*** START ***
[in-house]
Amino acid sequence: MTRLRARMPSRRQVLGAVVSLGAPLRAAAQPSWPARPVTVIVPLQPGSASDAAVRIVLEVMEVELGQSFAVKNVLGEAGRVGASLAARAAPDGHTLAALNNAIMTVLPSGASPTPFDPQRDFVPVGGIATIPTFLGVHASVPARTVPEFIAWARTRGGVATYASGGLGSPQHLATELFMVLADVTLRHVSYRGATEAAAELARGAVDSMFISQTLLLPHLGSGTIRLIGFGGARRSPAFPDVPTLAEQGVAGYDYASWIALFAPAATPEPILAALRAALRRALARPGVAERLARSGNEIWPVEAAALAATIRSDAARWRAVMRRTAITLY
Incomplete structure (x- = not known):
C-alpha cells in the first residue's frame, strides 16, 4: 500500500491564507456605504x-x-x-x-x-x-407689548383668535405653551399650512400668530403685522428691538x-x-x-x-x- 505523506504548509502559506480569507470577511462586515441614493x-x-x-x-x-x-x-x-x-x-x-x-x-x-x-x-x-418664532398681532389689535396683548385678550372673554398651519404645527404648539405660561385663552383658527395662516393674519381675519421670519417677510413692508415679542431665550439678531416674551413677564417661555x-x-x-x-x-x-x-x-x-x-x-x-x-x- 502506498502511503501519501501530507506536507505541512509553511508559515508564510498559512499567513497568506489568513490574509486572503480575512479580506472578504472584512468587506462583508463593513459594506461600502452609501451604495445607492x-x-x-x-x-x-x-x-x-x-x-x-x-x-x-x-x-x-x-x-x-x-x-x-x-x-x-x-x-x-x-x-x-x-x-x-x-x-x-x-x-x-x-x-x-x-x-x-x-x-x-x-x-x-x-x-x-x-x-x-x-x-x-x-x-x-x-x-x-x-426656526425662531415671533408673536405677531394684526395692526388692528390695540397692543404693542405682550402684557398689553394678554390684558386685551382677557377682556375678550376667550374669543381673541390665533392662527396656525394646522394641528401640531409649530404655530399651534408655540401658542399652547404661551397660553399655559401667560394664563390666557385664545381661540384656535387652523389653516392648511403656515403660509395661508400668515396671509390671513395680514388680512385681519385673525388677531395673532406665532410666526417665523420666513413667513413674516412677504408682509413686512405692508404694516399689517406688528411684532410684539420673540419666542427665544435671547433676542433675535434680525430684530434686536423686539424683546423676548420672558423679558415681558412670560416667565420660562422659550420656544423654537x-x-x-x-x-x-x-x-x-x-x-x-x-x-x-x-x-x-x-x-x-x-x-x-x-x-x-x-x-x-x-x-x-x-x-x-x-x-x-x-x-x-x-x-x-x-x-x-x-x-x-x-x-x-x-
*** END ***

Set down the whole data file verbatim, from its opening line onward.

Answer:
[in-house]
Amino acid sequence: MTRLRARMPSRRQVLGAVVSLGAPLRAAAQPSWPARPVTVIVPLQPGSASDAAVRIVLEVMEVELGQSFAVKNVLGEAGRVGASLAARAAPDGHTLAALNNAIMTVLPSGASPTPFDPQRDFVPVGGIATIPTFLGVHASVPARTVPEFIAWARTRGGVATYASGGLGSPQHLATELFMVLADVTLRHVSYRGATEAAAELARGAVDSMFISQTLLLPHLGSGTIRLIGFGGARRSPAFPDVPTLAEQGVAGYDYASWIALFAPAATPEPILAALRAALRRALARPGVAERLARSGNEIWPVEAAALAATIRSDAARWRAVMRRTAITLY
Incomplete structure (x- = not known):
C-alpha cells in the first residue's frame, strides 16, 4: 500500500491564507456605504x-x-x-x-x-x-407689548383668535405653551399650512400668530403685522428691538x-x-x-x-x- 505523506504548509502559506480569507470577511462586515441614493x-x-x-x-x-x-x-x-x-x-x-x-x-x-x-x-x-418664532398681532389689535396683548385678550372673554398651519404645527404648539405660561385663552383658527395662516393674519381675519421670519417677510413692508415679542431665550439678531416674551413677564417661555x-x-x-x-x-x-x-x-x-x-x-x-x-x- 502506498502511503501519501501530507506536507505541512509553511508559515508564510498559512499567513497568506489568513490574509486572503480575512479580506472578504472584512468587506462583508463593513459594506461600502452609501451604495445607492x-x-x-x-x-x-x-x-x-x-x-x-x-x-x-x-x-x-x-x-x-x-x-x-x-x-x-x-x-x-x-x-x-x-x-x-x-x-x-x-x-x-x-x-x-x-x-x-x-x-x-x-x-x-x-x-x-x-x-x-x-x-x-x-x-x-x-x-x-x-426656526425662531415671533408673536405677531394684526395692526388692528390695540397692543404693542405682550402684557398689553394678554390684558386685551382677557377682556375678550376667550374669543381673541390665533392662527396656525394646522394641528401640531409649530404655530399651534408655540401658542399652547404661551397660553399655559401667560394664563390666557385664545381661540384656535387652523389653516392648511403656515403660509395661508400668515396671509390671513395680514388680512385681519385673525388677531395673532406665532410666526417665523420666513413667513413674516412677504408682509413686512405692508404694516399689517406688528411684532410684539420673540419666542427665544435671547433676542433675535434680525430684530434686536423686539424683546423676548420672558423679558415681558412670560416667565420660562422659550420656544423654537x-x-x-x-x-x-x-x-x-x-x-x-x-x-x-x-x-x-x-x-x-x-x-x-x-x-x-x-x-x-x-x-x-x-x-x-x-x-x-x-x-x-x-x-x-x-x-x-x-x-x-x-x-x-x-